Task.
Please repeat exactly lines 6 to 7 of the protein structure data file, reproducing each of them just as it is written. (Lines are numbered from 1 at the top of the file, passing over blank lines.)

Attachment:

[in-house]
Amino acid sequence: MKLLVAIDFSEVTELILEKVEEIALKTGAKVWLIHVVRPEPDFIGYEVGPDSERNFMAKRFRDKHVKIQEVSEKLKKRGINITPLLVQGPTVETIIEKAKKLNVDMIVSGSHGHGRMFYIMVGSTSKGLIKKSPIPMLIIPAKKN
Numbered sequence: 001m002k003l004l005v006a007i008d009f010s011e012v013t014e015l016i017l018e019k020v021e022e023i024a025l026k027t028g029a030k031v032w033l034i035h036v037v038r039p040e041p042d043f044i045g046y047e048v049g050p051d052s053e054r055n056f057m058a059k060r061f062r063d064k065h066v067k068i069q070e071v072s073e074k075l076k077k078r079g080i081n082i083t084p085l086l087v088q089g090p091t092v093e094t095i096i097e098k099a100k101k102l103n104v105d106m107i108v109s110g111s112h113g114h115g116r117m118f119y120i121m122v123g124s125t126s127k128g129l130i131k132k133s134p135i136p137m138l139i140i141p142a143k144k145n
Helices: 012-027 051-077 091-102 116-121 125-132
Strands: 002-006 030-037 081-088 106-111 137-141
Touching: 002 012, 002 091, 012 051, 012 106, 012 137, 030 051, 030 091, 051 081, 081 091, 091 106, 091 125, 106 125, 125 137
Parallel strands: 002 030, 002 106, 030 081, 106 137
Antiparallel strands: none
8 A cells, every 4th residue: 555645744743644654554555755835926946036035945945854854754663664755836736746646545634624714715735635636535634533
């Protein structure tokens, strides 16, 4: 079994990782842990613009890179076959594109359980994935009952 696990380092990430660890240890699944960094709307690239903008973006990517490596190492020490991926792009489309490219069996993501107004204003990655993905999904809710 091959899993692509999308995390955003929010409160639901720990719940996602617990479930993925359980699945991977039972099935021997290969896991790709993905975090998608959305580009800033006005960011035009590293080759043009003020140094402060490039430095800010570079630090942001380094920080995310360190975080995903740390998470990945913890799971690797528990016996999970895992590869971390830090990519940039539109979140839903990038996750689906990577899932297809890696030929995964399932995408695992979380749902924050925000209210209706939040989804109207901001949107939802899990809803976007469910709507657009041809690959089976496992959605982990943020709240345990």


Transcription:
Touching: 002 012, 002 091, 012 051, 012 106, 012 137, 030 051, 030 091, 051 081, 081 091, 091 106, 091 125, 106 125, 125 137
Parallel strands: 002 030, 002 106, 030 081, 106 137